February 10, 2020
I’m not sure whether to file this under
art because… isn’t it both? I’m not classically trained in design in any way but have worked with designers for most of my career. I like to think I have an eye for tasteful design, but what does that mean?
I recently decided to try to put some words to what that means. Through some simple research, I kept running into the following basic design principles that identify good designs. Note that this is not an exhaustive list and I was also mostly looking for guidelines for web user interfaces. There are other principles to consider and I think the majority/all of these can be applied to design in general.
Whitespace defines the area in a design lacking substantial content. This is usually the space between elements and even letters.
There are multiple types of whitespace:
The amount of whitespace used can be considered both subjective and objective. However, if you are thinking objectivity, think usability and how easy/difficult it is for a user to read and use certain elements available.
You want enough space between elements to create contextual breaks and add flow, but not too much that it separates two connected ideas.
References: Papermill store white space
Aligning visual elements within your design helps create organization, composition, structure, balance, and relations.
There are generally two types of alignment:
It can reduce busyness, help focus a user’s attention to specific areas, and can help tie together content with the same/similar theme or context. If you’re familiar with the grid system (think a literal grid of rows and columns), this is generally used to help you align your elements.
Try to simplify your column and row element alignment on as few as possible. This will prevent a user’s eyes from jumping around too many places.
However, if you are purposeful with your alignment usage, you can make chaos look controlled if you use a mixture of different alignments. This can also create interesting designs.
References: 254 Alignment Principles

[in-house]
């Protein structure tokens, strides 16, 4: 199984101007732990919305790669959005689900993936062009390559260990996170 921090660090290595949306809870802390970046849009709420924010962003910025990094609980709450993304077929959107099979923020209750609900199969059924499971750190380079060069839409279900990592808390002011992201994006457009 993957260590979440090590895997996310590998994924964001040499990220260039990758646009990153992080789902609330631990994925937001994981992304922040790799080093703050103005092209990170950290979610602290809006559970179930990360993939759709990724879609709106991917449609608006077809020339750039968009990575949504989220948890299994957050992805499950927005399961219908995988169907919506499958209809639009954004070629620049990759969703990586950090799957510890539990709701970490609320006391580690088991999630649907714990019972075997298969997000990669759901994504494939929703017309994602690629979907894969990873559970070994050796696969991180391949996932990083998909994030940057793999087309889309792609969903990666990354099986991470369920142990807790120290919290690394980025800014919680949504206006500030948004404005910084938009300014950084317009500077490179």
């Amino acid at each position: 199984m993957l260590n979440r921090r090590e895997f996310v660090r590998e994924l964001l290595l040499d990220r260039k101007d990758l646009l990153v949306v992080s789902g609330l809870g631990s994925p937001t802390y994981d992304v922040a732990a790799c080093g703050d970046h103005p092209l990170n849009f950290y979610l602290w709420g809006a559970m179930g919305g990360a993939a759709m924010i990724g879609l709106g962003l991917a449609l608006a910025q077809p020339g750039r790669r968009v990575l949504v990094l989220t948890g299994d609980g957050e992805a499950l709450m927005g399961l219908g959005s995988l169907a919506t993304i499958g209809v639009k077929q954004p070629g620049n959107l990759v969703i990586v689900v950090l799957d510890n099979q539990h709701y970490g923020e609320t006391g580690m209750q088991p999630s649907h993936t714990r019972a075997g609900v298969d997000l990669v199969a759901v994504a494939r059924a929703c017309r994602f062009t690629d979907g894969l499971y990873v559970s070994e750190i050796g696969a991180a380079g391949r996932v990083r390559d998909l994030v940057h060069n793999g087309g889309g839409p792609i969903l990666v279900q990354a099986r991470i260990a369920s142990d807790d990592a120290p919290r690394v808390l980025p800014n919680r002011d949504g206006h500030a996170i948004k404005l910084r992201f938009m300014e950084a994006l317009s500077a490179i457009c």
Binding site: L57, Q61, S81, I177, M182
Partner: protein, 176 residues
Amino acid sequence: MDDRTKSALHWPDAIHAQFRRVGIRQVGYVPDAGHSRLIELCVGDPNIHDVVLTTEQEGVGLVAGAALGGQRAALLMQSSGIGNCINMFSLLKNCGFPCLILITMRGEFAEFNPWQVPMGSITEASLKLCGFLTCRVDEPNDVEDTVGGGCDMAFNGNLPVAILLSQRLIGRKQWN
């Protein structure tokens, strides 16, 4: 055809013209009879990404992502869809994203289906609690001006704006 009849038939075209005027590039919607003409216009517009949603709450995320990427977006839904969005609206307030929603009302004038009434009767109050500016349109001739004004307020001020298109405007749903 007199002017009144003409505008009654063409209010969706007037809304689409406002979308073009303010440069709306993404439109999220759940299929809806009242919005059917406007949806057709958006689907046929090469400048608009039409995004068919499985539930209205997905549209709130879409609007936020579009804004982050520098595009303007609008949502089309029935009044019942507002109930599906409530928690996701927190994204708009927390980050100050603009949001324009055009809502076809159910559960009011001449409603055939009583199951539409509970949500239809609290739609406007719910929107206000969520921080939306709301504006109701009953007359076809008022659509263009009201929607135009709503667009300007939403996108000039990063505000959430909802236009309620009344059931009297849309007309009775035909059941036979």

The Oxford dictionary defines contrast as:
a difference between two or more things that you can see clearly when they are compared or put close together
differences in color or in light and dark, used in photographs and paintings to create a special effect
In design, contrast can be used for many things:
Ways in which you can create contrast:
On top of using contrast as a design tool, the WCAG (Web Content Accessibility Guidelines) has some ratings used to help define acceptable levels of contrast to help with readability.
There are currently two levels:
There are many tools and browser plugins that can help you achieve these levels such as the WebAIM Contrast Checker.
The size and scale of all elements need to be considered. You want to adjust the scale to:
The scale of elements helps determine and define your visual hierarchy (more on this later).
Arranging your type to make your copy more visible is an art. Here are some things to consider when creating your typography
Color is said to be the first UI design fundamental that shapes a user’s experience. People also associate ideas with different colors through psychology. For example, green associated with wealth and nature.
Also, too many can destroy the quality of your design or the message you are trying to convey.
To add additional contrast without adding too many different colors, a simple trick is to use slight differences in the same color, but change hue to reinforce different blocks of the layout.
Every element has some level of importance, some more than others. VH is how we establish the importance of that element. You can control VH with many things, including scale (people read bigger things first) and color (things that pop stand out more) as mentioned above.
VH is important because it can help determine whether something is important to someone and worth their time. For example, someone could take a mere fraction of a second to determine if whether or not what they see is worth their time. If you don’t have a clear VH, they might skim over that design/content immediately.
It’s also important to note how different cultures read/scan a design. For western countries, they may read left to right, but for some Asian countries, they read right to left.
Knowing these principles allows me to look and specifically critique good or bad use of certain principles. They will also allow me to build and practice my vocabulary and understanding of what is considered good design.